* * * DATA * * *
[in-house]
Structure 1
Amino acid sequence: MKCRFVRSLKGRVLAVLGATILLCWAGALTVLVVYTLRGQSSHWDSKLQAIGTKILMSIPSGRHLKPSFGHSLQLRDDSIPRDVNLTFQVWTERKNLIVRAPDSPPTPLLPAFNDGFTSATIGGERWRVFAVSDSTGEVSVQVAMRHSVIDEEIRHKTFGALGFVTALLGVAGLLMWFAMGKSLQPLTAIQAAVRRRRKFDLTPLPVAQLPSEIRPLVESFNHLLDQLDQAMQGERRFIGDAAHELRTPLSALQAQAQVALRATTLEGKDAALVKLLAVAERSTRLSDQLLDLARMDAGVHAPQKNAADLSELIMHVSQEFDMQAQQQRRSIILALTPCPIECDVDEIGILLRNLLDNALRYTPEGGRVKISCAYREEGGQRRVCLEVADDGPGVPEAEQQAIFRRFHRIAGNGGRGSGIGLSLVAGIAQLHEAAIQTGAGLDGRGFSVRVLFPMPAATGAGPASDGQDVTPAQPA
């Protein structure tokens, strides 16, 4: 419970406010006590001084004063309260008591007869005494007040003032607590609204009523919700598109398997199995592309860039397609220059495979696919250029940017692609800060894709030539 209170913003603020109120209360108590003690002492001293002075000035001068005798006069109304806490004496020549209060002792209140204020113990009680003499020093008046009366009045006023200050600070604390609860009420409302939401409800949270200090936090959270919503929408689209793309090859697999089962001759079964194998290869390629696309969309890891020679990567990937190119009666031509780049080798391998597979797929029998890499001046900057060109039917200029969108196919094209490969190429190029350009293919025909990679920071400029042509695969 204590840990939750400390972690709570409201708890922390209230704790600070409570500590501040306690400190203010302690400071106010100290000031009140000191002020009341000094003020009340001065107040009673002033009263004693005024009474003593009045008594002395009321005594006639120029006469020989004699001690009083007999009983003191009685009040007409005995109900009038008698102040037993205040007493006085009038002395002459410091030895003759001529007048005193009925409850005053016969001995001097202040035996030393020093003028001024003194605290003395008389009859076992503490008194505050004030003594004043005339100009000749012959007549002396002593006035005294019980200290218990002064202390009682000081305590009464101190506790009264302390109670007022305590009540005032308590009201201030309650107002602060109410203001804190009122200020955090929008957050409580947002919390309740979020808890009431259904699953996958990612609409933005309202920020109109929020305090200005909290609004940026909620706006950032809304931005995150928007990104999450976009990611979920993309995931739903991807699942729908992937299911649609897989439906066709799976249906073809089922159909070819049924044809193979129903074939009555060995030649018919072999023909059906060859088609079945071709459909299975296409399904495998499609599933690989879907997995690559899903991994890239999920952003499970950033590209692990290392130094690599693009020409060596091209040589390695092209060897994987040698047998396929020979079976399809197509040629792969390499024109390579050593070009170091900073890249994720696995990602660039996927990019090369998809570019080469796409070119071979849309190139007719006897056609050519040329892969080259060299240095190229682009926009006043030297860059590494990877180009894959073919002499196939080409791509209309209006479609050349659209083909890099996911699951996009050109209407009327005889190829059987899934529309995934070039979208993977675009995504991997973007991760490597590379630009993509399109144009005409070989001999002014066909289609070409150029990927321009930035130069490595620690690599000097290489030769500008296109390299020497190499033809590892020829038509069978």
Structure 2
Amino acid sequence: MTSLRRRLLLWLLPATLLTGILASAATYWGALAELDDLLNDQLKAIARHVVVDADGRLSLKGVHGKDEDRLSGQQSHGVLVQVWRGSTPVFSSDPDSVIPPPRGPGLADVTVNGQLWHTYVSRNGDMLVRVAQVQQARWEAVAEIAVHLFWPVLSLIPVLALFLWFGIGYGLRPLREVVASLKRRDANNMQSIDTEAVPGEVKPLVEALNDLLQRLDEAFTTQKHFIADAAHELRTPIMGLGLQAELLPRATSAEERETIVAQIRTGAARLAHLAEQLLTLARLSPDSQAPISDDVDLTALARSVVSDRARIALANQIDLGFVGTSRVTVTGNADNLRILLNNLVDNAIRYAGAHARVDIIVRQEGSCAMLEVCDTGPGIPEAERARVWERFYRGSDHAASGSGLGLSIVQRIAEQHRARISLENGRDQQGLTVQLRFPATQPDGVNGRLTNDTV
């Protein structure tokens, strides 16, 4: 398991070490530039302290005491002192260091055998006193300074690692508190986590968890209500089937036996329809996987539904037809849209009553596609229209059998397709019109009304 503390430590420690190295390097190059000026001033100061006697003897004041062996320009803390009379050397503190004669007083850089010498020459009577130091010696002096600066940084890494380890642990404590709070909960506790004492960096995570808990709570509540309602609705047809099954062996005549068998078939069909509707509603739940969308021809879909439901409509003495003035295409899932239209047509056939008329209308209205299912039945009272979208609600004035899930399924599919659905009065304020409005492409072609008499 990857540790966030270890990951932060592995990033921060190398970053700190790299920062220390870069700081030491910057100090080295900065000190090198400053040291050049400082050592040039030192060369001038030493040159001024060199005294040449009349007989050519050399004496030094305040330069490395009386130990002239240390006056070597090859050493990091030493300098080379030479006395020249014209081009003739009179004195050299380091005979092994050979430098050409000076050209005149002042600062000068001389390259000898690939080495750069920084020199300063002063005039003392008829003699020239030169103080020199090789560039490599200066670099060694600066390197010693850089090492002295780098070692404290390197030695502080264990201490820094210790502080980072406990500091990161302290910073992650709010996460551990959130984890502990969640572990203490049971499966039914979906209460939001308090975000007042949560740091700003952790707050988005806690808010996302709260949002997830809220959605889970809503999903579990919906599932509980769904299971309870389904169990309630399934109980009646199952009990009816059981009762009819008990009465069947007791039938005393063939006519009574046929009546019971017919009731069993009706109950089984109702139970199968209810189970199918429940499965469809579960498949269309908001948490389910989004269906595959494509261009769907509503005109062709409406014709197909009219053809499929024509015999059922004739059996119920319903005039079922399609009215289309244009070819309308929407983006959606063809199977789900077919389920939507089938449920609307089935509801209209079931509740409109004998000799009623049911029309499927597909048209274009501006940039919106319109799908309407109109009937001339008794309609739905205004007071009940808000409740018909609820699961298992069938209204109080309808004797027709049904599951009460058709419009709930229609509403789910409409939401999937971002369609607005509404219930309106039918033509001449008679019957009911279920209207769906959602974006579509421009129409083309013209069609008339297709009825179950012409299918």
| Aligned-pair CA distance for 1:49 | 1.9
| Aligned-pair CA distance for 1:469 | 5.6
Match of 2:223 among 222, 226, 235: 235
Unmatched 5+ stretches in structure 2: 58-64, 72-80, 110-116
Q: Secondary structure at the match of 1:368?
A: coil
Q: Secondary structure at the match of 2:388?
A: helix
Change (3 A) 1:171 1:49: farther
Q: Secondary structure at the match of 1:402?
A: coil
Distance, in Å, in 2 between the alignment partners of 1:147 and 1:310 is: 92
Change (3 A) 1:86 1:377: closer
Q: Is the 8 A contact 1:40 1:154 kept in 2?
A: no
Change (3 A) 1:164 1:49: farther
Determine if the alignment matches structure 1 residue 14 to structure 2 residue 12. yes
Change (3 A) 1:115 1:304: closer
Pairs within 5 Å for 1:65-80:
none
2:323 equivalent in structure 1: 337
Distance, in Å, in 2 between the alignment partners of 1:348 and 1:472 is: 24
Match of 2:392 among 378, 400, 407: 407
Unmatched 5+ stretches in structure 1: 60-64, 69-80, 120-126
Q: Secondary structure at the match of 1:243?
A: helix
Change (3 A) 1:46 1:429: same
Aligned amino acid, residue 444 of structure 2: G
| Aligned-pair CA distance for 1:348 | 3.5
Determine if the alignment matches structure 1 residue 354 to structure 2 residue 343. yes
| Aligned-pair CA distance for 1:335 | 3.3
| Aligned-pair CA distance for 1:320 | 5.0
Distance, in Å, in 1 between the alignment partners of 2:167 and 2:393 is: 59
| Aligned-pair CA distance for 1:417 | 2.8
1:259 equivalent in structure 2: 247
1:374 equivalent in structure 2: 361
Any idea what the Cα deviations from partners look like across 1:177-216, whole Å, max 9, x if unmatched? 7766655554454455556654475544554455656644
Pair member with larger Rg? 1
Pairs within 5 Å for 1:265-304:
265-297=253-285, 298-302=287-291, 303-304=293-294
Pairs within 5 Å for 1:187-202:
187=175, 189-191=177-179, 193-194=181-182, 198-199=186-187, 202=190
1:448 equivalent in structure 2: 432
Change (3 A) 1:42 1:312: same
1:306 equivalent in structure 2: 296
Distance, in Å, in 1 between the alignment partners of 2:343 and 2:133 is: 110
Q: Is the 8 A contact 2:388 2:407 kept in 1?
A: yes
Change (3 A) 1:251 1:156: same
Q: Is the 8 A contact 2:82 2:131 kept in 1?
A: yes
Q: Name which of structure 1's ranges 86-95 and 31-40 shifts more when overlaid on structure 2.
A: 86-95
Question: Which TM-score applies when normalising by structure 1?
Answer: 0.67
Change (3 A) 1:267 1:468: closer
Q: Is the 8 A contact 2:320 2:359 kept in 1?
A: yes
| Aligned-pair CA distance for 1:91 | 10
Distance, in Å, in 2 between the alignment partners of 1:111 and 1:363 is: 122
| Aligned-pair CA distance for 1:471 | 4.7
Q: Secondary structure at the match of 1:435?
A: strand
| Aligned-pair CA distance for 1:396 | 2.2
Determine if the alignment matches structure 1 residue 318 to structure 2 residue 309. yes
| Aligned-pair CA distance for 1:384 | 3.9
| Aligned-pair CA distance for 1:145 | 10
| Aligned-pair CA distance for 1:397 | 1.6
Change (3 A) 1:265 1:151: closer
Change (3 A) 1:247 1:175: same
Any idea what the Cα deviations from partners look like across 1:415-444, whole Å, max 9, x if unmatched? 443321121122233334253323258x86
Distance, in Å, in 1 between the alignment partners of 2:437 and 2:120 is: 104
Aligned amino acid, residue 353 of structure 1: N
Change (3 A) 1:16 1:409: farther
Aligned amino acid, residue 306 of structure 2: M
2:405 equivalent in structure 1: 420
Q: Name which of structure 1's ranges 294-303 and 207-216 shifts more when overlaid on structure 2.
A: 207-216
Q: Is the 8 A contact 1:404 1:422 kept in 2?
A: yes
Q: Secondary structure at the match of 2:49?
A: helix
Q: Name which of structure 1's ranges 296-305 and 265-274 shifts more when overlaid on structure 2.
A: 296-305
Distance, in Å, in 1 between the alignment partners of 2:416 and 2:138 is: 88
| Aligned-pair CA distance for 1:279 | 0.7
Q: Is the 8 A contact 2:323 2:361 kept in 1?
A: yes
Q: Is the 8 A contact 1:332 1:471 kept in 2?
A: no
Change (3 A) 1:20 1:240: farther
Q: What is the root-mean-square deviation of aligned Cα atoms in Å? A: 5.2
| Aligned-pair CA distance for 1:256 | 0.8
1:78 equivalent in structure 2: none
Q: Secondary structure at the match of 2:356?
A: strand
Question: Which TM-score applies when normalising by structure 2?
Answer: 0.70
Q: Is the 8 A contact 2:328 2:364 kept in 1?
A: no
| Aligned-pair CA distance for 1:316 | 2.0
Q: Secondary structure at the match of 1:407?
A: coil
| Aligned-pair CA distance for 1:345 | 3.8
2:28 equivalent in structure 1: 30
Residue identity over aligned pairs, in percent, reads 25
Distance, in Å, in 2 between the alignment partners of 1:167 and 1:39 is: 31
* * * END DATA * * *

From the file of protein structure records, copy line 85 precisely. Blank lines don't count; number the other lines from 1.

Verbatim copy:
A: 207-216